Turns out the 20s is a great era for one's first dress. Styles were simple enough for fashion to be produced at home. Both the wealthy and working class could party together and neither would know the difference. I immersed in Pinterest and found there's actually a lot of familiar stuff from that time. A portion of Downton Abbey is set in 1922. And some songs I grew up with - "Baby Face", "I Wanna Be Loved By You", "Singin' in the Rain" - were so hot back then.

black pleated polyester

Mum and I found a great material - a black pleated non-woven polyester, both tricky and forgiving for a beginner. I'll get to why in a sec.

making a dress pattern

Making a pattern came first. It took a whole afternoon, but Mum gave pro tips on doing it easy:

  1. Take body measurements.
  2. Make cardboard cutout of body measurements.
  3. Use cutout as a 'stencil' for pattern design.
  4. Draw the pattern.
  5. Cut.

patterns drawn from stencil

Here's the pattern for the front and back panels, drawn from the stencil (black line) and cut a half-inch out. This is the seam allowance, which is very important, don't get so engrossed in crafting that you forget it, which I very nearly did. Notice how it's only half a panel - we cut the fabric folded to save on effort (another pro tip from Mum).

pattern pinned to fabric, ready for cutting

Usually, you'd use tailor's chalk to mark cut lines on the material, but chalk wouldn't take to the polyester, so it was all pins and guesswork for me.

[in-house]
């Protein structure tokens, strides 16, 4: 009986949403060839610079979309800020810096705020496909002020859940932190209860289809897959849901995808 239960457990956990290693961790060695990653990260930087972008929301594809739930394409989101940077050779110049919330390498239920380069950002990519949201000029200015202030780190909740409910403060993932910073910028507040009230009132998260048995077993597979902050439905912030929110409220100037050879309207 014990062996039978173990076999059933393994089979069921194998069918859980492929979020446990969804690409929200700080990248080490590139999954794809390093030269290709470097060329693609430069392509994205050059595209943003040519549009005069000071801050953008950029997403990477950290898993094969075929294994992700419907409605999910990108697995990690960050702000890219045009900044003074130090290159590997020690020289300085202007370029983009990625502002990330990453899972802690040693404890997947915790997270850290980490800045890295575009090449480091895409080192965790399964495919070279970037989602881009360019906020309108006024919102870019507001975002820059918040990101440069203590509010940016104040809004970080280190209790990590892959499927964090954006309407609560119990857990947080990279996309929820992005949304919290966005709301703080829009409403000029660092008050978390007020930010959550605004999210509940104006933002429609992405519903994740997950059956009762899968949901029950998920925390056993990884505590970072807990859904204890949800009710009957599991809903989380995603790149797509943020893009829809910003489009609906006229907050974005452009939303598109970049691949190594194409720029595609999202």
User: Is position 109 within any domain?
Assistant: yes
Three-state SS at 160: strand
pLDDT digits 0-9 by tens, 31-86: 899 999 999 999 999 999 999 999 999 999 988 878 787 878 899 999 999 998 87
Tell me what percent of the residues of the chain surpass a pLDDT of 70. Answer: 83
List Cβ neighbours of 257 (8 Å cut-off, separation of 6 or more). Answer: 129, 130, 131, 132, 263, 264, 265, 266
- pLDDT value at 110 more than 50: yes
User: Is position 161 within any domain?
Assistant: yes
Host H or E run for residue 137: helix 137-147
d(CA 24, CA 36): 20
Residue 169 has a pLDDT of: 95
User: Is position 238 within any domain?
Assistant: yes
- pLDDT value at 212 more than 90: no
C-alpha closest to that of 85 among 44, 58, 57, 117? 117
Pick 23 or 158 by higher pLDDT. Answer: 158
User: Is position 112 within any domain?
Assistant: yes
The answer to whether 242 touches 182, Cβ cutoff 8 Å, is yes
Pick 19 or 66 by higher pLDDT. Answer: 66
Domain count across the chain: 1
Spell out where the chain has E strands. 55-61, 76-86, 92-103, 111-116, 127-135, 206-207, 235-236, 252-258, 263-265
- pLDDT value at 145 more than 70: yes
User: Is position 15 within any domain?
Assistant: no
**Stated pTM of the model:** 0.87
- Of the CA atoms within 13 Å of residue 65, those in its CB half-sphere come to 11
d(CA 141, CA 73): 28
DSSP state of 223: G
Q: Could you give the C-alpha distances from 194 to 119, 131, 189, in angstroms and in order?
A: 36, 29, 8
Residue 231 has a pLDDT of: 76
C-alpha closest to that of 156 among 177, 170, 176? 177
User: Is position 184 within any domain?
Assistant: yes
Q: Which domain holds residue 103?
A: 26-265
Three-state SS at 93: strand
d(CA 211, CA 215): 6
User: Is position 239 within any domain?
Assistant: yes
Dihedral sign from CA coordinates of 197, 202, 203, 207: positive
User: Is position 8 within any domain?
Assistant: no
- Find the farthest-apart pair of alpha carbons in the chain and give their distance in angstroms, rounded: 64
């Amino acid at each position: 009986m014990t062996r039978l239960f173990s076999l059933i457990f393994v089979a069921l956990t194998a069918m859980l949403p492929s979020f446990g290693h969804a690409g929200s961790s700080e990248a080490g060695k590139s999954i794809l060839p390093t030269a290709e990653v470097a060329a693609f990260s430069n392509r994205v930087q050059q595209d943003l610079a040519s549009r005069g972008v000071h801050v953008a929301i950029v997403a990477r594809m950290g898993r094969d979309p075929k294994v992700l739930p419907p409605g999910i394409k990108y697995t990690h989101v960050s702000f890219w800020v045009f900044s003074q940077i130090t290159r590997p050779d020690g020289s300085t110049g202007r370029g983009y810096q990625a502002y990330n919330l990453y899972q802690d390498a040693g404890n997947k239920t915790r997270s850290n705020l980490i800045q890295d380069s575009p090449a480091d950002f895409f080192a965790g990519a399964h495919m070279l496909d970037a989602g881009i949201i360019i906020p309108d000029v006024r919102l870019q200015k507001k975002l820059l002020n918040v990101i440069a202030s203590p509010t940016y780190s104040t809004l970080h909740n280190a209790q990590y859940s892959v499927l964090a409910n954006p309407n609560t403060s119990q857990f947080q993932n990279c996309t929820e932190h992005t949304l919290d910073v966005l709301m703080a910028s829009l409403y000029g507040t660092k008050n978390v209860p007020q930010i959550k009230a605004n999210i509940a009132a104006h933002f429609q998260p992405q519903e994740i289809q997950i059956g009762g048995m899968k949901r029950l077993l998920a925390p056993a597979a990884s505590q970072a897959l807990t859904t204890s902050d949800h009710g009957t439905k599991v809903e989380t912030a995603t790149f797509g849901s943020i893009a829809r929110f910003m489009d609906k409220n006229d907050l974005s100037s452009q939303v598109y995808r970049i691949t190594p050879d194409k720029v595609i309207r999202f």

And this was one reason why this fabric was hard to work with. Keeping it loose while cutting, so the pleats wouldn't stretch out, was another. However...

fabric panels pinned together

Here are the panels pinned together. The cut was rough, asymmetrical and uneven, but you really have to look to be able to tell - most of the mistakes are hidden by the way the fabric behaves. So this is the payoff for the trickyness.

The rest of the story is straightforward, but let me highlight the interesting points:

top part of dress, showing gathers and tucked waist

Gathering the shoulders: To allow for fullness around the bust (even though I don't have a full bust), we gathered the shoulders. This tutorial shows how to do it on a basic sewing machine, but next time on a soft material like this, I would try hand-sewing the long stitches.

Tucked waist: Flapper dresses aren't supposed to have waistlines. Almost all the information I found reported shapeless garments in a post-war time of ditching tradition and corsets. But I would drown in a shapeless dress, so my version has a slight, loose-fitted waist.

satin dropwaist sash

Dropwaist sash: A key feature of 1920s dresses is the dropwaist, shifting waistline features to the hips and elongating the body. This dropwaist is accentuated by a satin sash attached by tiny hand-stitching. The tied part is loose for adjustable fit. I'm especially happy with this part, as it looks clever and deliberate, when really, it was an easier alternative to making a plain sash and getting it to sit straight. :)

Hems: Finally, the neckline and sleeves, were hemmed with tiny hand-stitching in strategic spots. I learned that making tiny stitches on a concave part of a pleat makes it all but invisible from normal distances. I would be most upset if someone could actually see them, because it means they're standing too close like a gawky creeper.

cat napping on a cushion

Here is Dora being helpful.

The experience of making this dress was transformative. I feel confident with this craft now. I have a cardboard cutout of my measurements to use in future projects. And I've had terrible eczema for the last two weeks - this has helped keep my mind off the misfortune, and scratching fingers off my skin.

All up, I spent $35 on fabric + 12 hours over 5 days on labour. The pattern was improvised from simple shapes, scrap newspaper and an old cardboard box. Still to go are shoes and accessories, and I'll share full styling details and cost breakdown for the entire outfit soon.